Let me repeat, while the American government was shut down, bickering itself to the brink of calamity, old boring and responsible Canada was busy putting the final touches on a free-trade agreement with the European Union. A long time in the making, and fraught with its own delays and troubles, the agreement shows how Canada is taking a serious look at expanding its horizons away from its symbiotic but dependent relationship with the United States.
While it was fun to watch admittedly adorable disagreements over European cheese and Canadian cattle, some harsher realities of Canada’s provincial autonomy and the EU’s continuing fractiousness came out in negotiations. This is why, before anyone breaks out the sparkling ice wine, we must remember that every country in the European Union and every province in Canada will have to approve the treaty individually before it can be fully put into force.
But once it is, it will mean that Canada is one of the few countries in the world that enjoys free trade with the world’s two largest markets, the EU and the United States. Certainly, the EU goal of $35bn a year in bilateral trade pales in comparison to the nearly $700bn traded annually between Canada and the U.S. But the deal might just be the cheese course to the main dish of the nascent US-EU free trade agreement.
Here are some highlights of the treaty, courtesy of Philip Blenkinsop at Reuters:
The deal, expected to come into force in 2015, is expected to increase bilateral trade in goods and services by a fifth to 25.7 billion euros ($35 billion) a year.
For the European Union, this could raise annual economic output by 11.6 billion euros per year. Canada has put its economic gain at around C$12 billion ($11.67 billion), with the creation of 80,000 jobs.
The European Union and Canada have agreed to eliminate tariffs on 99 percent of products and services. For EU exporters, the saving on duties will be some 500 million euros.
The EU will eliminate duties on a range of Canadian agricultural products, from wheat to maple syrup. Canada will be able to export 80,000 tons of pork and 50,000 tons of beef free of duties to the European Union.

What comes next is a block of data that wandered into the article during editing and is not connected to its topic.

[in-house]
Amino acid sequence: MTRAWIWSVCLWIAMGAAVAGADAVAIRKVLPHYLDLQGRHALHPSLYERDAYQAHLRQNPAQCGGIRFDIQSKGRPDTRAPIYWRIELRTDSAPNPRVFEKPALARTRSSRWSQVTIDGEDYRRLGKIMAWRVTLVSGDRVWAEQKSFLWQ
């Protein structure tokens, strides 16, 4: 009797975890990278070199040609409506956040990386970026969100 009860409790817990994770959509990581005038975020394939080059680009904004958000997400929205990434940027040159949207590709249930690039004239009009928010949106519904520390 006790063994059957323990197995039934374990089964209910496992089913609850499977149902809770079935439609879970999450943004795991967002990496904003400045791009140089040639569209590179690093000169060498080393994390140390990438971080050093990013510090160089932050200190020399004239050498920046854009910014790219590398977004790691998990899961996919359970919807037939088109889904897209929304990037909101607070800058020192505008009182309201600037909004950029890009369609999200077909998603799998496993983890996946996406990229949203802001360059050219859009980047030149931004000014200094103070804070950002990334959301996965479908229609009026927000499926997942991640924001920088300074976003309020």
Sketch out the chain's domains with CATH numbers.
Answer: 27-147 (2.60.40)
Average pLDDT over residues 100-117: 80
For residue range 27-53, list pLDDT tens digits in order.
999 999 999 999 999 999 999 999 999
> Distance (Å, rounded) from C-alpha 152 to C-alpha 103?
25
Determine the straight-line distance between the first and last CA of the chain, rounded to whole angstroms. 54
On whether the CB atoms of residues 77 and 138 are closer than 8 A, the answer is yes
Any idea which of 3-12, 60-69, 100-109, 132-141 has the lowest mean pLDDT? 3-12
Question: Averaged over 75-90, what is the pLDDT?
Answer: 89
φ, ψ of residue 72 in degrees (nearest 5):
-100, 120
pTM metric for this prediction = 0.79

EU dairy producers will be able to export more than double the amount of ‘high quality’ (i.e. not for industrial use) cheeses to Canada.
REGIONAL FOOD PRODUCTS
Canada will protect the special status of certain EU agricultural products. Under EU rules, “geographical indications” may only come from a specific country or region, such as parma ham from Italy and Camembert cheese from Normandy in France.
The trade deal aims to create a more level playing field between Canada and the European Union, the latter having complained that pharmaceutical patents are not sufficiently protected in Canada.
Federal and sub-federal levels of government in Canada have committed to open their markets for procurement to European suppliers, for example in urban transport.
Federal government contracts are estimated to be worth some C$15-19 billion per year and those of Canadian municipalities at around C$112 billion.
The European Union will eliminate its tariffs of 10 percent on cars and up to 4.5 percent on auto parts from Canada, while Canada will recognize a list of EU car standards that will make it easier to export vehicles to Canada.
The European Union sees around half of the overall GDP gains coming from liberalizing trade in services – financial, telecoms, energy and maritime transport.
The agreement aims to remove barriers to and enhance protection of foreign direct investment between the two parties, currently worth some 360 billion euros.